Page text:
In this case, though, the “self-insured” driver belonged to the Mint Hill Mennonite Church, which offers a certificate to members stating they can be self-insured but must carry the state’s mandatory minimum coverage limits of $50,000.
According to KMOV, in paperwork filed with the Missouri Department of Revenue in 1989, members of the church stated the following:
“We as a church body at Mint Hill Mennonite Fellowship Church do hereby wish to state that according to religious beliefs, prohibit the purchase of insurance that does not consist of a brotherhood type aid plan. We do believe that as Christians we are responsible to care for those of our church. This we desire to do for conscience sake in so far as the laws of the state of Missouri grants us these privileges.”
Not all church members consider this enough coverage – including the pastor – so they opt for their own individual plans with conventional insurance companies.
What’s the takeaway here? Despite the church’s certificate plan, it couldn’t pay for the damages caused to Don Meier – and, of course, neither could the at-fault driver. And without the financial support of an actual insurance company, that driver ultimately filed for bankruptcy for the full amount of the damages. And as of May 2017, Meier has still yet to receive money from any party.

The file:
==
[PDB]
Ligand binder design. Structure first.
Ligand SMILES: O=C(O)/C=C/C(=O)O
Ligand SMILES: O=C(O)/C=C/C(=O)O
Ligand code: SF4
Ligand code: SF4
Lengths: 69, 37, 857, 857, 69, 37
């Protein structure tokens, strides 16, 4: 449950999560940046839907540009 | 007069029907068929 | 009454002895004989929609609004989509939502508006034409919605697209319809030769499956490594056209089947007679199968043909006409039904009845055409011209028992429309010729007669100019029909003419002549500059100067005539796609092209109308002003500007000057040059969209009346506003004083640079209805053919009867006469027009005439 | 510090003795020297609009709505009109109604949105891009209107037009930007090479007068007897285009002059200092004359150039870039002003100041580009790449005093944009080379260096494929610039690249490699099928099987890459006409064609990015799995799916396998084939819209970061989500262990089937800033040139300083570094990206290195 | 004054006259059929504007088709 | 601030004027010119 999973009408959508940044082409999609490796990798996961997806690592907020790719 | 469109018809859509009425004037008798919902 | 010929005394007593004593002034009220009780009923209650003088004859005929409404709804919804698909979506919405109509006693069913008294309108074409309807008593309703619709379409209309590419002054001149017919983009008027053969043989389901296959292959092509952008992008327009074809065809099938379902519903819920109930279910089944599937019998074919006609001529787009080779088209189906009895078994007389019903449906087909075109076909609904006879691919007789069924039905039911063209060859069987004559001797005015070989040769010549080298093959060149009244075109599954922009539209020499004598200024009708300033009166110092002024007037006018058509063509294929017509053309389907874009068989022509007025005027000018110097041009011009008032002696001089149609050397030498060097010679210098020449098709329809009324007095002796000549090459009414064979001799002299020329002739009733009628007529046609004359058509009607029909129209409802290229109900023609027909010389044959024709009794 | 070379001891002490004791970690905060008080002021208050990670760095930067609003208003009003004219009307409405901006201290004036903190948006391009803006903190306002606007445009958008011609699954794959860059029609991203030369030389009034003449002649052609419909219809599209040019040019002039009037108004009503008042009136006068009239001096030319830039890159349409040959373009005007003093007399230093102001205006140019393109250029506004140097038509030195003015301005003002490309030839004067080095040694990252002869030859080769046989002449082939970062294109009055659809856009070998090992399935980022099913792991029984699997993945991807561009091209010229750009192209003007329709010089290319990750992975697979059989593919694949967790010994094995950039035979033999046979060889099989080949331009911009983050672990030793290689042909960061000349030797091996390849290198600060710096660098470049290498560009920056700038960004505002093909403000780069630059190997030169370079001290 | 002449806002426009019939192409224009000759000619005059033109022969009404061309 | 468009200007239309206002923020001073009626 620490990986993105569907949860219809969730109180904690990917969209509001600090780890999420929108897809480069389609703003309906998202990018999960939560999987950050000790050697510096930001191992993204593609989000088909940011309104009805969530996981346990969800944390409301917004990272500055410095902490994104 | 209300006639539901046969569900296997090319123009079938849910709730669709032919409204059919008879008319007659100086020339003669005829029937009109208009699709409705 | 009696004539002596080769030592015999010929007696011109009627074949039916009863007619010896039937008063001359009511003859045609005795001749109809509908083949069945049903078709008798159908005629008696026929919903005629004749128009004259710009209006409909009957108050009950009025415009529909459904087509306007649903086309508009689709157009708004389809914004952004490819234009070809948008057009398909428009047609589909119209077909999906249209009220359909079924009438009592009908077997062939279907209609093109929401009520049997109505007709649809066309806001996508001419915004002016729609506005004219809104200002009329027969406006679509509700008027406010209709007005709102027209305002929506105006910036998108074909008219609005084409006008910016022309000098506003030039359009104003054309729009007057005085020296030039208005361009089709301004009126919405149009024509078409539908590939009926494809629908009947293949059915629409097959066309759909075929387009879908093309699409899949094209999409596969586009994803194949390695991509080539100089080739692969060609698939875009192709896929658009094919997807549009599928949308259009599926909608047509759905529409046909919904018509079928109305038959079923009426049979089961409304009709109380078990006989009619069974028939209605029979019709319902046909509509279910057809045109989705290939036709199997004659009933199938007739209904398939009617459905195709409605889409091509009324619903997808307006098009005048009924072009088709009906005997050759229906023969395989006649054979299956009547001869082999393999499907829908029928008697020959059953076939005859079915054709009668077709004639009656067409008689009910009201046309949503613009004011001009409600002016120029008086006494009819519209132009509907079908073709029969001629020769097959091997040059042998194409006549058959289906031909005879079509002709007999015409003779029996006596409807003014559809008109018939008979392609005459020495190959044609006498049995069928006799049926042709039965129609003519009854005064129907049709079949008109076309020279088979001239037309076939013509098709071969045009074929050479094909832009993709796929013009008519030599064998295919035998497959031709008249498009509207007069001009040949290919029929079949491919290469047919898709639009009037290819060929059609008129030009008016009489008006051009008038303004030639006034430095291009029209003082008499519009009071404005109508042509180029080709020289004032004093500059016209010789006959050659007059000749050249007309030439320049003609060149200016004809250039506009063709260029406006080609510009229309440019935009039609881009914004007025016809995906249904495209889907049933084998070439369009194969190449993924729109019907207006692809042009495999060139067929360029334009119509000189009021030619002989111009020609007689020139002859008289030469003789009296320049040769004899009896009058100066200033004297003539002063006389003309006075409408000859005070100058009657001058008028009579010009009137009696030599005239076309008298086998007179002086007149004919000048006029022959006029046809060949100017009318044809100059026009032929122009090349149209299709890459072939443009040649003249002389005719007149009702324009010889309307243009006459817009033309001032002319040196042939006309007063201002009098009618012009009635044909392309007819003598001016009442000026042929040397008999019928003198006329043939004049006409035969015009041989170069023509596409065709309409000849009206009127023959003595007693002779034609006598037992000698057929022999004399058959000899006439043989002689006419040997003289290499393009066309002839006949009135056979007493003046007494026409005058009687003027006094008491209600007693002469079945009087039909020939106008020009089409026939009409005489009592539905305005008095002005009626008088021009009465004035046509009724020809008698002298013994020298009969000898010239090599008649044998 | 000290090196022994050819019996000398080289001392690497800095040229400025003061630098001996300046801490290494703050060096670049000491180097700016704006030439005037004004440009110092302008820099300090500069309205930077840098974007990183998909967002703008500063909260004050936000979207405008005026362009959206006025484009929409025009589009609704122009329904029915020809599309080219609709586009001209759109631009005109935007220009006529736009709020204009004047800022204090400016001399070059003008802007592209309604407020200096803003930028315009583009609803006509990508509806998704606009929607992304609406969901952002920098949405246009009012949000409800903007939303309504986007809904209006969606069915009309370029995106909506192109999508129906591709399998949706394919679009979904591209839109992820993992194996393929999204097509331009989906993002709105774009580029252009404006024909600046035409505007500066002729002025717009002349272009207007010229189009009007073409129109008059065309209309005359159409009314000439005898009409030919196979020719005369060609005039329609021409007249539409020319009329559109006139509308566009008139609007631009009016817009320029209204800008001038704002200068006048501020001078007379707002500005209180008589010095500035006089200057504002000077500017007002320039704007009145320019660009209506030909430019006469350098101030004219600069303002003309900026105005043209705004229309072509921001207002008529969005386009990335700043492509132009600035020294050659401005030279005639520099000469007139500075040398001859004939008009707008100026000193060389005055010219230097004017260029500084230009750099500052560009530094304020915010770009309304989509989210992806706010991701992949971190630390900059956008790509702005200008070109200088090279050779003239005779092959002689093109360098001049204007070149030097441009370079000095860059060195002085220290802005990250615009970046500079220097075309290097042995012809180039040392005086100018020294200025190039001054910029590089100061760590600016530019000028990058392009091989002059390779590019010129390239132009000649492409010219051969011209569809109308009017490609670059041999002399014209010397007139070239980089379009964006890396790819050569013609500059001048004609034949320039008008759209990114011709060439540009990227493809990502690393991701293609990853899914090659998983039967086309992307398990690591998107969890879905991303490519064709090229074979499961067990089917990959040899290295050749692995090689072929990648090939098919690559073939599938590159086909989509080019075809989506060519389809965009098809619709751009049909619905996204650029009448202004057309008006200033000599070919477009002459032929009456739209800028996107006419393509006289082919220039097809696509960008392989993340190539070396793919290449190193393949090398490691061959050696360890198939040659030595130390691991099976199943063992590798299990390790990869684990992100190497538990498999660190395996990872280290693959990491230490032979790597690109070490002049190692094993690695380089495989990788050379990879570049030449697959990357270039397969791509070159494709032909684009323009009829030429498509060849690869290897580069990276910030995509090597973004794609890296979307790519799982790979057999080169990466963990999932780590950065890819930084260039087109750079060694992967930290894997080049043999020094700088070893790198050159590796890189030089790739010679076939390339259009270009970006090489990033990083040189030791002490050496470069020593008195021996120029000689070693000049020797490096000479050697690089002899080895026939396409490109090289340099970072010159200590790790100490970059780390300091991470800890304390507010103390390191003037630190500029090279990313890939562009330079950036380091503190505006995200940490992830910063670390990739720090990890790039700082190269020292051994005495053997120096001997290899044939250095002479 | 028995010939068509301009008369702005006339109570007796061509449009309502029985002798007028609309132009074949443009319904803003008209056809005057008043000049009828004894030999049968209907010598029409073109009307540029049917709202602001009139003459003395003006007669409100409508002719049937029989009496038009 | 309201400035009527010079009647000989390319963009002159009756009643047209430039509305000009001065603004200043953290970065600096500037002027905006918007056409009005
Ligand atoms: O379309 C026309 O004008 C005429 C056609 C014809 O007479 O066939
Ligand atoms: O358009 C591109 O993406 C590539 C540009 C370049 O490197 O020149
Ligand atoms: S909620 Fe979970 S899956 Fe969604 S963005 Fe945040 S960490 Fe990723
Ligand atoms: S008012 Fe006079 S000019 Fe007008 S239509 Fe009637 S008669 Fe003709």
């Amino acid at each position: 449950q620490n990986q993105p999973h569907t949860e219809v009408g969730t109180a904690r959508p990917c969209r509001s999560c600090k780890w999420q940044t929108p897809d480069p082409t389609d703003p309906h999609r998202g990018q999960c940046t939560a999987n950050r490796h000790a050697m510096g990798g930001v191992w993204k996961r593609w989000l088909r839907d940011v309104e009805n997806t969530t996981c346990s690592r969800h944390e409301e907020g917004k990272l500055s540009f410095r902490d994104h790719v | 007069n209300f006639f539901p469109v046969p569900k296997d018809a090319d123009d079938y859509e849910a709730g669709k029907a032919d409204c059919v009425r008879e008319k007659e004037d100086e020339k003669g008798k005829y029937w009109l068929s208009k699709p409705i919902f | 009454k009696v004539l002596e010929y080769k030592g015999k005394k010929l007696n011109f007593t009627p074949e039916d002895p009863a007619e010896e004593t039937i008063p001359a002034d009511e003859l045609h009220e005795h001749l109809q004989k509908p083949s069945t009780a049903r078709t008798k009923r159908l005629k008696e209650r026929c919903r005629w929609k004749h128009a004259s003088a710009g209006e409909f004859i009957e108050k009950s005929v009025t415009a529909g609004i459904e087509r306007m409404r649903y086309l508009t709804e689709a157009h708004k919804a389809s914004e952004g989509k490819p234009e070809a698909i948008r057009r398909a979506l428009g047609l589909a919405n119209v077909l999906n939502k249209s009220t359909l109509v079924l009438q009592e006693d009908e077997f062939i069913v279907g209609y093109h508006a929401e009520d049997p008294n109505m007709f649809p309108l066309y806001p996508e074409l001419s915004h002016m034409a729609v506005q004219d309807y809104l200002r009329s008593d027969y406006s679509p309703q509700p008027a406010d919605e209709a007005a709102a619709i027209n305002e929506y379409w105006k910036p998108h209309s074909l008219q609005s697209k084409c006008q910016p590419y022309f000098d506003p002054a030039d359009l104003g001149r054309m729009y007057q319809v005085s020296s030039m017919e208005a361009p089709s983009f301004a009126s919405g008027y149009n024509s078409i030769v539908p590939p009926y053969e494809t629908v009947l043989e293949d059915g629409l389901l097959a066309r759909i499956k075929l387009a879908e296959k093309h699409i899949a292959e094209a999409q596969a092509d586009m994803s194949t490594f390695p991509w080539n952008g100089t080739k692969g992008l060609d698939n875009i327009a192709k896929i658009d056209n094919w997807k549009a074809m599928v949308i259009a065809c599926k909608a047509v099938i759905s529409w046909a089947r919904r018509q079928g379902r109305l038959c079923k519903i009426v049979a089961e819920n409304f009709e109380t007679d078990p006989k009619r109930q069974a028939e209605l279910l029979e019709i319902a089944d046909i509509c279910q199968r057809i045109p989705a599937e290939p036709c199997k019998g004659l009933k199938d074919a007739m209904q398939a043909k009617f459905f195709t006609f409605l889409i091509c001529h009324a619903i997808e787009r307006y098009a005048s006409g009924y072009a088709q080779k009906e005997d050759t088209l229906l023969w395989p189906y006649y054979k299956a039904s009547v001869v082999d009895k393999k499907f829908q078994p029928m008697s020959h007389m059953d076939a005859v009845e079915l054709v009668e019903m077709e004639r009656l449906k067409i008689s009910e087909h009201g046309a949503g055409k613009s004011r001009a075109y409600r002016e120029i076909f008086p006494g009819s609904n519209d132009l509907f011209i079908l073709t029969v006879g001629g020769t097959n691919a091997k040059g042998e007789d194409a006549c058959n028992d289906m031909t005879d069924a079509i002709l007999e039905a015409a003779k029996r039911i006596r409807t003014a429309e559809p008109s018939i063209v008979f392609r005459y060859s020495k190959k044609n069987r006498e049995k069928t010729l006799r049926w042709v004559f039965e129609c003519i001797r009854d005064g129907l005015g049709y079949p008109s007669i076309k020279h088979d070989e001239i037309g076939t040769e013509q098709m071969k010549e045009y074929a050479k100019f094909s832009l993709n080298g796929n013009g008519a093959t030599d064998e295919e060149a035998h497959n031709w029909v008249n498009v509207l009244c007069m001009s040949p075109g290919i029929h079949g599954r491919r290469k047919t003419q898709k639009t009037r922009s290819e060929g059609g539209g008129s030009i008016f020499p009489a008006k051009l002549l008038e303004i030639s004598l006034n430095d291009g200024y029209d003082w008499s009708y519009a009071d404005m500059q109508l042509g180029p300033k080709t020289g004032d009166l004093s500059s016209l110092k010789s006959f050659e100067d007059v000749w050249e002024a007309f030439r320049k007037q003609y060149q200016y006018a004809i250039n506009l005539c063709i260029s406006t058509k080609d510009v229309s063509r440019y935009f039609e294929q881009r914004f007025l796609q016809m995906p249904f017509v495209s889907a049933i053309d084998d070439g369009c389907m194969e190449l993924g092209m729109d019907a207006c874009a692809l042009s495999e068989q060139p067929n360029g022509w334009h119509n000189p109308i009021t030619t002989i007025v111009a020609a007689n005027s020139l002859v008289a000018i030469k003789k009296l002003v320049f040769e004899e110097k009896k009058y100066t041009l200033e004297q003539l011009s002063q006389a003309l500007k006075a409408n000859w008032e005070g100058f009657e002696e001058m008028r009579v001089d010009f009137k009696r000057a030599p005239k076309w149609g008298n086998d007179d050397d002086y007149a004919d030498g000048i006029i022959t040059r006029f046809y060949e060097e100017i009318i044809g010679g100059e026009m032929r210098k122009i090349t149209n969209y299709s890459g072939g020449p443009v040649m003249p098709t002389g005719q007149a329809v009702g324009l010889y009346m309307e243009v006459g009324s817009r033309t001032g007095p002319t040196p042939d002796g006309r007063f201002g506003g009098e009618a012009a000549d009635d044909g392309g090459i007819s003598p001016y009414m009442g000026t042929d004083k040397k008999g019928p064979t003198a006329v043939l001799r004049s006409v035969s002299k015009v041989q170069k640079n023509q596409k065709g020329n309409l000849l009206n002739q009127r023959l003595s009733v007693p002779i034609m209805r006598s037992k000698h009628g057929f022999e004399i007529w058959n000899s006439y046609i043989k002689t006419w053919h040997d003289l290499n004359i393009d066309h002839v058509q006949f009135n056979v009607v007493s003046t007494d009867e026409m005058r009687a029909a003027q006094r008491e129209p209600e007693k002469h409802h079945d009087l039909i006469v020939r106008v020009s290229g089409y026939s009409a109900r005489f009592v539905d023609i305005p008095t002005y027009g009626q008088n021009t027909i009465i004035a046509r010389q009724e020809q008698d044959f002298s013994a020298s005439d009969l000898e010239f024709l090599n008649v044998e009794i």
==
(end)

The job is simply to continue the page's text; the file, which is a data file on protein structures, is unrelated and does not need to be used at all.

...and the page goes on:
So, are there actual religious exemptions for car insurance?
Legally and technically, yes.
But financially and realistically, no.
Some states offer forms of religious exemption to auto insurance. From the Council of State Governments:
- In Illinois, a religious organization and its members are exempt if they can provide “a bona fide conviction that the acquisition of insurance is contrary to their religious beliefs.” They must then: 1) provide evidence of paying damages for which they were liable, and 2) file an irrevocable letter of credit with the state.
- Georgia provides a certificate of self-insurance to religious groups which prove they can “provide coverages, benefits, and claims-handling procedures substantially equivalent to those afforded by a policy of vehicle insurance.” Religious groups must file a “minimum security” with the state to get this certificate; the exact amount depends on the number of vehicles being insured.
- Other states allow individuals to post collateral in lieu of purchasing insurance. In Ohio, residents can deposit $30,000 in cash or government bonds with the state treasurer to bypass the insurance mandate.
In summary, while the term “exemption” is thrown around quite a bit, you are only exempt from procuring insurance coverage in a certain way – i.e., working with a big national carrier. You are still legally required to pay for any damages you cause in an at-fault accident.
In Don Meier’s case, the state of Missouri did allow the at-fault driver to self-insure through his church. Why the state did not require the church to pay the minimum $50,000 damages is still unclear.
My recommendation as a licensed insurance agent? It’s better to have high liability limits with a reputable insurance company than take a chance with self-insurance.